All it needed was some Coldplay music and the atmosphere would have been complete – if anyone doubted the legacy of the Paralympics they should have been at Chesham Leisure Centre for the UK’s first Junior Para Triathlon.
A field of 26 disabled youngsters ranging in age from six to 18 took part in the event, which began with a swim in the 25 metre pool followed by a cycle around an expertly laid out course and then a run around the perimeter of the grounds.
The event has been hailed as a spectacular success.
As 16-year-old Pete Harding who had set off at 6.30am from his home in Surbiton, explained: “I have never ever swum eight lengths before let alone in front of all those spectators, but it was a fantastic feeling!”
Pete was a talented sportsman before an accident in 2012 left him brain damaged and no longer able to compete in able bodied events.
“This is just such a fabulous opportunity for children with disabilities to compete knowing there is no pressure and they can just enjoy the thrill of taking part,” said his mum Celia, as she watched him set off still dripping wet to cycle the 3,000m loop which was the designated distance for his age group.
The whole event was the brainchild of Matt Kirby, who together with over 20 volunteers including several from the Chiltern Triathlon Club ensured the day went off without a hitch.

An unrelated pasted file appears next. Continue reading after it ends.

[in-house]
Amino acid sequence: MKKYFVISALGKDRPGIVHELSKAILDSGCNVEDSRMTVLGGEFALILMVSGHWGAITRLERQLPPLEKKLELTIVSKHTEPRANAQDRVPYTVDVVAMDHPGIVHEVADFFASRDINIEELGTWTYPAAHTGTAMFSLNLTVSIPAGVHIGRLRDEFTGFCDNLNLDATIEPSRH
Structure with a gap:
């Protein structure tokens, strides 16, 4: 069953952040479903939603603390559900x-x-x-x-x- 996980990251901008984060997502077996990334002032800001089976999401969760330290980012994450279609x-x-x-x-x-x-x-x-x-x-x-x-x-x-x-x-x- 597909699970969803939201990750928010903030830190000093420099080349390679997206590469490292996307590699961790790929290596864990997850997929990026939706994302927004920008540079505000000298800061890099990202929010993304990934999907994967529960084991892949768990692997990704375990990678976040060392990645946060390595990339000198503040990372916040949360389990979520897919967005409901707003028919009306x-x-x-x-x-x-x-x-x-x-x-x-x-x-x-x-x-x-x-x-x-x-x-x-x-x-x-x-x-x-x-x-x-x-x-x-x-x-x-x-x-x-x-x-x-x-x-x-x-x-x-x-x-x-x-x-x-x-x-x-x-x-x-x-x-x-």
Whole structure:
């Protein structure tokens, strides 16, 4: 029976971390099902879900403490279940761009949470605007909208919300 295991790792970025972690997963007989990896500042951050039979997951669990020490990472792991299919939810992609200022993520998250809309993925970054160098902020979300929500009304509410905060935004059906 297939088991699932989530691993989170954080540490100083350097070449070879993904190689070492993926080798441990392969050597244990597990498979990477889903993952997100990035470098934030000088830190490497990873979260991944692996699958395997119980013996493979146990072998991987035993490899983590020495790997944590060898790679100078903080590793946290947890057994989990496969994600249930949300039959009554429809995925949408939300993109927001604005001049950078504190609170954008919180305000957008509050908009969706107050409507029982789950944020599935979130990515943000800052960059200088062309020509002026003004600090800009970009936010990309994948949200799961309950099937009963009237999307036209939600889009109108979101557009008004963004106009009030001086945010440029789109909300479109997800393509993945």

“As an avid sports lover I wanted to give the opportunity of taking part to all youngsters,” he said.
Medals were presented by Paralympic swimming champion Clare Cunningham, who took time off training for Rio 2016 to come along.
Karen Roberts, whose 16-year-old daughter Evelyn had only recently come out of plaster on her left leg, said: “Evelyn was born with cerebral palsy and we have been looking everywhere for a local running club which welcomes youngsters with disabilities”
She soon got talking to 16-year-old fellow cerebral palsy competitor Sam Harris from Berkhamsted, also 16, who joked that together they would make a great team. He said: “I struggle to cycle and Evelyn struggles to run so we’d do better as a relay!”
The event was funded by the Arctic One Foundation charity, set up by Matt last year to encourage sport for all youngsters, able bodied and disabled, and to help fight cancer through sport.
They now plan to make this JuniorPara Triathlon an annual event. Find out more at www.arctic1.co.uk